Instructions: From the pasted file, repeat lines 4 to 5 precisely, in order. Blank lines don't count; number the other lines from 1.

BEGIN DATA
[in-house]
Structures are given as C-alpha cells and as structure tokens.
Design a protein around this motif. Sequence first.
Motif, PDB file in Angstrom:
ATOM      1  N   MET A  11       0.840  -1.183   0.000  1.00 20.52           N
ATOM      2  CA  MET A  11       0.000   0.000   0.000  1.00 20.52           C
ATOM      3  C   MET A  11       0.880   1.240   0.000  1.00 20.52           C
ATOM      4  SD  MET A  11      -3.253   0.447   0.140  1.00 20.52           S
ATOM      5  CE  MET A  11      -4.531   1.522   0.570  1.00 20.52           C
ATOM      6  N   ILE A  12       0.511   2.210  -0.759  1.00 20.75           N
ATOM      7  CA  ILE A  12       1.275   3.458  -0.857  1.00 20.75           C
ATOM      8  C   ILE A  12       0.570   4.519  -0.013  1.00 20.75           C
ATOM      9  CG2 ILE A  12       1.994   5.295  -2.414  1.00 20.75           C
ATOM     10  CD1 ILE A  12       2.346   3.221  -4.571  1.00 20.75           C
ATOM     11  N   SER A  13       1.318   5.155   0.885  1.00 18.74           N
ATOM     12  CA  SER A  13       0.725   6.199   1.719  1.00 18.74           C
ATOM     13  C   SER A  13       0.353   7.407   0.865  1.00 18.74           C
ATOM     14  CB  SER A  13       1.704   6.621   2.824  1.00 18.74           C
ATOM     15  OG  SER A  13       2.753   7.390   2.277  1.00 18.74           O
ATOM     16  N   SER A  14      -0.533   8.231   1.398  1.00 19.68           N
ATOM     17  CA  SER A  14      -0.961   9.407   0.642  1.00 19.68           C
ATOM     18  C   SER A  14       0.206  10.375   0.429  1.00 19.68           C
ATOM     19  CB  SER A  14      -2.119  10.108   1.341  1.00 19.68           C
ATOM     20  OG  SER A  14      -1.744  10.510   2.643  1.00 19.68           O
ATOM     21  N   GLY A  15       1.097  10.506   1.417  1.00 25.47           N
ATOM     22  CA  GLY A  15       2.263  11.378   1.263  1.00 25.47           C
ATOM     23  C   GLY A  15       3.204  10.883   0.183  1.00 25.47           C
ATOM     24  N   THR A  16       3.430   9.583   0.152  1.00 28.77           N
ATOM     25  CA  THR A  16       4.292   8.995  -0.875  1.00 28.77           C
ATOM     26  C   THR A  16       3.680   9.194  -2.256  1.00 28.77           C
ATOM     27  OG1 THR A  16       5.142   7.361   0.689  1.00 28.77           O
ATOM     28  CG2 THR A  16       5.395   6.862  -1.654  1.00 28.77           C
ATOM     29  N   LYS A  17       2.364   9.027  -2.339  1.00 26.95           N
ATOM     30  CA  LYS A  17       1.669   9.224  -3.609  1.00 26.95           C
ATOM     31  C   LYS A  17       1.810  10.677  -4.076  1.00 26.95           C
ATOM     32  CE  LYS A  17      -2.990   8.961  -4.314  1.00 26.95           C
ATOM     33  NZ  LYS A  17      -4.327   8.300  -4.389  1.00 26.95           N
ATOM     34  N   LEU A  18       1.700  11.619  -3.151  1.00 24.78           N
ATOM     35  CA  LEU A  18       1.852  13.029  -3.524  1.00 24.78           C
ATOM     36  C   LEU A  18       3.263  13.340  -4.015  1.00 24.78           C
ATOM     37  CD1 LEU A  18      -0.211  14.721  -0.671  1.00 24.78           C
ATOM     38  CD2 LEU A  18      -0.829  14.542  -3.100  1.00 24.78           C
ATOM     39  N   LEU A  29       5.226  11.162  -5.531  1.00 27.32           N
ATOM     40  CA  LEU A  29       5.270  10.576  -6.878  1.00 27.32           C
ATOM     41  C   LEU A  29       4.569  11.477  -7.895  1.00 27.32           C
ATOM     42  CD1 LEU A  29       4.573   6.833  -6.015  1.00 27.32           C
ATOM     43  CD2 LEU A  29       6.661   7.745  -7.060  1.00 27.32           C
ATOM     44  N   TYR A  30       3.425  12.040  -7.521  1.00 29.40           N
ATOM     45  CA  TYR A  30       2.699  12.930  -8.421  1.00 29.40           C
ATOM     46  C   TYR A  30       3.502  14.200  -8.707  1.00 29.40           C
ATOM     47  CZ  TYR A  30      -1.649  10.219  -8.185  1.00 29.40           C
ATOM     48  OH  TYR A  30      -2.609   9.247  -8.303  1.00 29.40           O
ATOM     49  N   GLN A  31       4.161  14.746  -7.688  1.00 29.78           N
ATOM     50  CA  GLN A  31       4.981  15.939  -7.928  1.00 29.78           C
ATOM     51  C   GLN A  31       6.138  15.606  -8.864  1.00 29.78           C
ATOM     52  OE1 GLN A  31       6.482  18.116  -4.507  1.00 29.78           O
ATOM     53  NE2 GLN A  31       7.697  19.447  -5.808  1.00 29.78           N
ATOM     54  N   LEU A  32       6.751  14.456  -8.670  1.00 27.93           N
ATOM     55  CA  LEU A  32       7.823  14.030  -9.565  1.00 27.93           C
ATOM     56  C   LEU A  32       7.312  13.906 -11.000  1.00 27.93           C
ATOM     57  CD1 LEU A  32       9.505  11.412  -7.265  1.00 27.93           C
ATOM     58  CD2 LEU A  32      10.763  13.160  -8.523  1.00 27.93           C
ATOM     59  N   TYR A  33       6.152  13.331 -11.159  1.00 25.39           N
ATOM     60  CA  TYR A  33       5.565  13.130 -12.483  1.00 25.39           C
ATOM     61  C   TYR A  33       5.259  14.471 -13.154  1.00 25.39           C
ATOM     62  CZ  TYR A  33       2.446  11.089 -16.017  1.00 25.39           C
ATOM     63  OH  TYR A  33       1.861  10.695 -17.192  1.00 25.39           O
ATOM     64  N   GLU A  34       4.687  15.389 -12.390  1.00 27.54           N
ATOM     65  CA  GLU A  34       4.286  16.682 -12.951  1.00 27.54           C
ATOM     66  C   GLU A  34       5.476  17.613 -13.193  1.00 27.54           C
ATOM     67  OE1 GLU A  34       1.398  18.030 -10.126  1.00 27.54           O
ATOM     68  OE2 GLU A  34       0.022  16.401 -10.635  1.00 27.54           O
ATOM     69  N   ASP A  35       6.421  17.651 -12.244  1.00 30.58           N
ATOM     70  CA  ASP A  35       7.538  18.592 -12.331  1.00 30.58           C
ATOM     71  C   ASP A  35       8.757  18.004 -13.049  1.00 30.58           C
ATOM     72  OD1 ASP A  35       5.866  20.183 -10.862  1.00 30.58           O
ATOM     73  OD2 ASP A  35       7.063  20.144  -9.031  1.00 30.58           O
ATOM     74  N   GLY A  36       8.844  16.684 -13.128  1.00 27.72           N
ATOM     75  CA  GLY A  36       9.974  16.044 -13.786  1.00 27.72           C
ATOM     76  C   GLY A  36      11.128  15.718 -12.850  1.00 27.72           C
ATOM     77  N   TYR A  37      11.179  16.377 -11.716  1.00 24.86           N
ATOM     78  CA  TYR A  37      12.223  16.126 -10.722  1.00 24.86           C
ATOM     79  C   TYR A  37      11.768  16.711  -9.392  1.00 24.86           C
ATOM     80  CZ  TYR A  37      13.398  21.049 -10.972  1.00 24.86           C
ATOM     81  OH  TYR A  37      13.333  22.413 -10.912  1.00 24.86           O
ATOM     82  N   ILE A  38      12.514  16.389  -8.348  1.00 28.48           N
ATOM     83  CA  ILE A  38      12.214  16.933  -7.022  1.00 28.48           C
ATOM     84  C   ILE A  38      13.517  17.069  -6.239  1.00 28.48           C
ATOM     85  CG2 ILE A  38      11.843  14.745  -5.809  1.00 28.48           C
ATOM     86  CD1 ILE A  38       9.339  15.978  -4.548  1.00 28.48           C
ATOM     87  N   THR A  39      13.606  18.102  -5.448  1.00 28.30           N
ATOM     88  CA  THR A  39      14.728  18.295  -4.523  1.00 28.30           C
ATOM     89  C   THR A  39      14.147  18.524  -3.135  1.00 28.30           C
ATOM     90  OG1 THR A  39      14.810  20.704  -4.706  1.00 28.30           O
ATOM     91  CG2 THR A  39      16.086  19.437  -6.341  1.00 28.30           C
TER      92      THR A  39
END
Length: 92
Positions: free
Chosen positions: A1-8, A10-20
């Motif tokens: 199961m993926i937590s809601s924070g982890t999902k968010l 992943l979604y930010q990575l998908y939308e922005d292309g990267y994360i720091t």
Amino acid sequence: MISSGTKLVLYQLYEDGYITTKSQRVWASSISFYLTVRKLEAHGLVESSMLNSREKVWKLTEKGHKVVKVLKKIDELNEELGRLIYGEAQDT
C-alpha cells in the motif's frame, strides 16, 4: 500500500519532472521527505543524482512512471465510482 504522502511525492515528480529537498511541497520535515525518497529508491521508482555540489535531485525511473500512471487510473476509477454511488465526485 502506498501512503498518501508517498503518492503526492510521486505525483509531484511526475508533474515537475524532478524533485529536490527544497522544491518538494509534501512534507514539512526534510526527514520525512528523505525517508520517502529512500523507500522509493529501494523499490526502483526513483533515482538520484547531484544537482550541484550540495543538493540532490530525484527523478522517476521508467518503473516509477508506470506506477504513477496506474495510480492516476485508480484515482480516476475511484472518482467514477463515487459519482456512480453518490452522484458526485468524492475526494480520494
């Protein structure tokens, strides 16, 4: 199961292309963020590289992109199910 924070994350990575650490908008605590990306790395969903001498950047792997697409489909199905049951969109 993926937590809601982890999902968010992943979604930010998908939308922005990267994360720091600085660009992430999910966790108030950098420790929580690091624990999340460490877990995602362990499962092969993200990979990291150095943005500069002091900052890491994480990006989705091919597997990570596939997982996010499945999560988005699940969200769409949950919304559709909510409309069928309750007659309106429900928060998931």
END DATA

Motif, PDB file in Angstrom:
ATOM      1  N   MET A  11       0.840  -1.183   0.000  1.00 20.52           N